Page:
Was your mother right when she told you to eat your vegetables? You know you need vitamins and minerals but why not just take a vitamin pill? Now you’re also told you need antioxidants: what are they and what do they do?
What are Vitamins?
Vitamins are organic compounds, required in small amounts, which the body uses in nearly all metabolic processes. People need thirteen different vitamins to maintain health. Since the body cannot manufacture most vitamins, vitamins must come from food or supplements.
Vitamins may be either water soluble or fat soluble. The four fat‐soluble vitamins are A, D, E and K. The water‐soluble vitamins are the eight B vitamins and vitamin C. Water soluble means that the vitamins dissolve in water: they pass easily through the body via perspiration and urine. This is why your body needs vitamin C and the B‐complex vitamins every day, and why vegetables, fruits, and juices are best eaten throughout the day for optimal health. Fat‐soluble vitamins are absorbed through the large intestine and are stored in the liver and fatty tissues. Fat soluble vitamins do not need to be replenished daily, since they store well in the body.
How Does Cooking Affect Vitamins?
Cooking in water depletes the water‐soluble vitamins. To prevent vitamin loss, cook vegetables in as little water as possible – steaming is best. If you do boil vegetables, save the nutritious, vitamin‐rich liquid and add it to soups or sauces. Also, cooking vegetables for as little time as possible preserves water‐soluble vitamins: this is why stir‐frying is such a healthy cooking method. Note that cooking does not deplete fat‐soluble vitamins.
What are Minerals?
Just as vegetables need minerals to grow, so do people. Minerals are needed for proper cell function. The primary minerals required by the body include calcium, magnesium, and phosphorus. Needed in smaller amounts are the trace minerals including chloride, chromium, copper, fluoride, iodine, iron, manganese, molybdenum, potassium, selenium, sodium, and zinc.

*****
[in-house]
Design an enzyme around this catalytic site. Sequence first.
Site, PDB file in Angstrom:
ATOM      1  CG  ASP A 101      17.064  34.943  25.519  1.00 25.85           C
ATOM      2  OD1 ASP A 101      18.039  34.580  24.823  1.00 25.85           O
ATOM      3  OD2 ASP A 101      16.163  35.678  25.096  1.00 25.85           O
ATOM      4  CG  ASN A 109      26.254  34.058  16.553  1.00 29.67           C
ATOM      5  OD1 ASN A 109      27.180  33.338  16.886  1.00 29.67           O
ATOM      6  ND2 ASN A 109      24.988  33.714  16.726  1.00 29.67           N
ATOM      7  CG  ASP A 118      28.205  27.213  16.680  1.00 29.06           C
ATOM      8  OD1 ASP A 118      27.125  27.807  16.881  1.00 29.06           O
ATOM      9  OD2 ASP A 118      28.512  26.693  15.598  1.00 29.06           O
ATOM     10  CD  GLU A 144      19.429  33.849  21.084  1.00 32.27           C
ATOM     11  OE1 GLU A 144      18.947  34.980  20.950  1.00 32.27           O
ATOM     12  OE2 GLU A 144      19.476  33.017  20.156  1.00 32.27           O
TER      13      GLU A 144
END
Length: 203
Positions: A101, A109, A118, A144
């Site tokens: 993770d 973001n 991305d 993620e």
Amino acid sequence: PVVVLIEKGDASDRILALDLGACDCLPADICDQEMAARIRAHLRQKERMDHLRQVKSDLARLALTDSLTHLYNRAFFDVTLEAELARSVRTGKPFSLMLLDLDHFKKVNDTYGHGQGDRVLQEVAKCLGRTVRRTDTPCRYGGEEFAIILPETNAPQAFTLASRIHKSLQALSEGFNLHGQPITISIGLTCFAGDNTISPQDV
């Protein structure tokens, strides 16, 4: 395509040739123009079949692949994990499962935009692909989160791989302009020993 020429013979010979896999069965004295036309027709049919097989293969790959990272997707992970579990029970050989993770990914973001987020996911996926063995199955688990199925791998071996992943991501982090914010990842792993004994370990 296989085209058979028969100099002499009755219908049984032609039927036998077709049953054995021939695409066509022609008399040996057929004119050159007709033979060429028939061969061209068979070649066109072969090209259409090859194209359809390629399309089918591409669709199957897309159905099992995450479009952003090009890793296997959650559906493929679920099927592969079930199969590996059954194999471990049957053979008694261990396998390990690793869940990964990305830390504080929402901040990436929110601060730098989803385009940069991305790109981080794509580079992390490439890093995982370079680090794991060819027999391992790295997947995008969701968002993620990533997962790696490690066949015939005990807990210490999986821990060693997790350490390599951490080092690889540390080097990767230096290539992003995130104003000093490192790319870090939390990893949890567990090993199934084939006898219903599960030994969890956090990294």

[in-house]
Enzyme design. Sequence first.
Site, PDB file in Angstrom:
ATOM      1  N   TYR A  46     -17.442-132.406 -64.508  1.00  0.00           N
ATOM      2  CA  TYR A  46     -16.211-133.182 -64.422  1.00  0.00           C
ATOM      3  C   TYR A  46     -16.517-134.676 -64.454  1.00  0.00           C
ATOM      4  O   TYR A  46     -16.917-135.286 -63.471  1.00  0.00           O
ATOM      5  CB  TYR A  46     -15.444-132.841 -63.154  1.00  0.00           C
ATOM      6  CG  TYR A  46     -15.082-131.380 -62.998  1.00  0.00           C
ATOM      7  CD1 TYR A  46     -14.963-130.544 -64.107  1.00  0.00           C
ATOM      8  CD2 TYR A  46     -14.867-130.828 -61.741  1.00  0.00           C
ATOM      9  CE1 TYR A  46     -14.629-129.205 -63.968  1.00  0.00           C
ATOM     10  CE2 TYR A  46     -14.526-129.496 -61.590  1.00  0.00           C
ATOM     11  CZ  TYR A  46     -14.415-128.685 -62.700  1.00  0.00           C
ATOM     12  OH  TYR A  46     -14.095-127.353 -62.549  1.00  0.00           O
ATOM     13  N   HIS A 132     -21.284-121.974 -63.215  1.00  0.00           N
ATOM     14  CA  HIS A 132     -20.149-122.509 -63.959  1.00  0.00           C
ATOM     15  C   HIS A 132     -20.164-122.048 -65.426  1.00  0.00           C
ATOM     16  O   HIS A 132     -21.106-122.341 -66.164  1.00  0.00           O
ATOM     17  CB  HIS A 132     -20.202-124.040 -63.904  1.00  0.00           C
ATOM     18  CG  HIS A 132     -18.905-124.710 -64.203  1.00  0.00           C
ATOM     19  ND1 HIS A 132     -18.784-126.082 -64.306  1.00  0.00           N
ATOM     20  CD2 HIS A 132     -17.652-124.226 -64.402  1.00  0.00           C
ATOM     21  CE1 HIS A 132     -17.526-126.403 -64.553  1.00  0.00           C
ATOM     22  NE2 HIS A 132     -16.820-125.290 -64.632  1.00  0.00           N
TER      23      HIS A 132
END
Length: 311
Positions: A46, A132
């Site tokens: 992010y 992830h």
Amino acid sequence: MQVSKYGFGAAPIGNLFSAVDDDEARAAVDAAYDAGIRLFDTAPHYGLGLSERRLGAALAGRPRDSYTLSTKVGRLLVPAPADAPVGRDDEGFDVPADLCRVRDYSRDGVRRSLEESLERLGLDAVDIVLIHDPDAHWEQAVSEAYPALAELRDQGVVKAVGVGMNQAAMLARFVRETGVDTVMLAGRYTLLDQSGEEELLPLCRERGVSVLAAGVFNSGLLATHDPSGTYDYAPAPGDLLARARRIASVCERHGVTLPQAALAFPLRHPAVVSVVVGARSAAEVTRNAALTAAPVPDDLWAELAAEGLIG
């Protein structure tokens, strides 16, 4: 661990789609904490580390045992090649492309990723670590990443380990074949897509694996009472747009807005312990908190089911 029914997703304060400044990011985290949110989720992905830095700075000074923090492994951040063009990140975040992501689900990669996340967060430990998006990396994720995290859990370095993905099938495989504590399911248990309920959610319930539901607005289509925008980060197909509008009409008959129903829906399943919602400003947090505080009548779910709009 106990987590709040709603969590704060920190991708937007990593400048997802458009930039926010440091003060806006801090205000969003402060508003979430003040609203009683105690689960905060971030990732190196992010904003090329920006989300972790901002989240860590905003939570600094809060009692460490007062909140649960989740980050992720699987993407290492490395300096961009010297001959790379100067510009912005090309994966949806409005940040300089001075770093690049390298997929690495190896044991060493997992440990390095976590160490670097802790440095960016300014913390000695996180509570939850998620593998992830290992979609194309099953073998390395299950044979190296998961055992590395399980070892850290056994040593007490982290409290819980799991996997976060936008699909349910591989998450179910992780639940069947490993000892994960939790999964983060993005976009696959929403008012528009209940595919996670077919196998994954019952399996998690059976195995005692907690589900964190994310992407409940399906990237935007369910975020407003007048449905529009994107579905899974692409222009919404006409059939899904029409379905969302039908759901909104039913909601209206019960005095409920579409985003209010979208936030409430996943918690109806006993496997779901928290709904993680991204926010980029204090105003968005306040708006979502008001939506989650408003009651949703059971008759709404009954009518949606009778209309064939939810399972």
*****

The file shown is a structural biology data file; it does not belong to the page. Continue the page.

What are Antioxidants?
Antioxidants are naturally‐occurring substances – such as vitamin C, vitamin E, and beta‐carotenes – that protect the body from the effects of oxidation. Oxidation, the use of oxygen by the body, results in oxygen molecules that are highly unstable, called free radicals. These free radicals, which either carry an extra electron, or lack an electron, attack neighbouring cells to either release or steal the extra electron, and therefore stabilise. While free radicals occur naturally in the body, they are also produced by chemicals, smog, cigarette smoke, and other pollutants, causing a free‐radical overload. Antioxidants inhibit oxidation and neutralise free radicals. While the body produces some antioxidants, nutrients from food play an important role in keeping free radicals in check, especially when the body is subjected to environmental stress.
Vegetables are an important source of natural antioxidants. Many vegetables contain beta‐carotene, also called pro‐vitamin A, which is an antioxidant that the body converts into vitamin A. A provitamin simply means a substance that the body can convert into a vitamin. A carotene is an orange pigment used into photosynthesis: it’s what makes carrots orange. In leafy greens it’s harder to detect: as a rule, the darker the green, the more beta‐carotene. The green chlorophyll in the darker lettuces, such as romaine, camouflages the presence of the orange beta‐carotene, which is easy to detect in carrots and pumpkins, for example.
Vitamins in Vegetables vs. Vitamin Supplements
While vitamins are rather simple structures that can easily be reproduced synthetically, vitamins in vegetables and other foods contain a complex inter‐relationship of nutrients that is still not well understood. While vitamin supplements may be beneficial, there is no substitute for a healthy diet. It’s also important to note that it’s possible for the body to get toxic amounts of the fat soluble vitamins (A, D, E, and K) if taken in too high a dose, since they are stored in the body. The water soluble vitamins – vitamin C and the B vitamins – do not carry a risk of toxicity, as they are not stored.
Synthetic beta carotene also poses a risk, especially to people who smoke. A 1994 study in The New England Journal of Medicine found that smokers taking beta‐carotene had 18 percent more lung cancer than those taking a placebo. A second study published in 1996 in the Journal of the National Cancer Institute found smokers receiving a combination supplement of beta‐carotene and vitamin A supplements had 28 percent more lung cancers and 17 percent higher death rates than those receiving a placebo.
Understanding the role of vitamins, minerals and antioxidants in maintaining a healthy body will help you to choose a better diet that includes lots of vegetables: not only making you feel better, but giving you more energy and a natural defense against disease.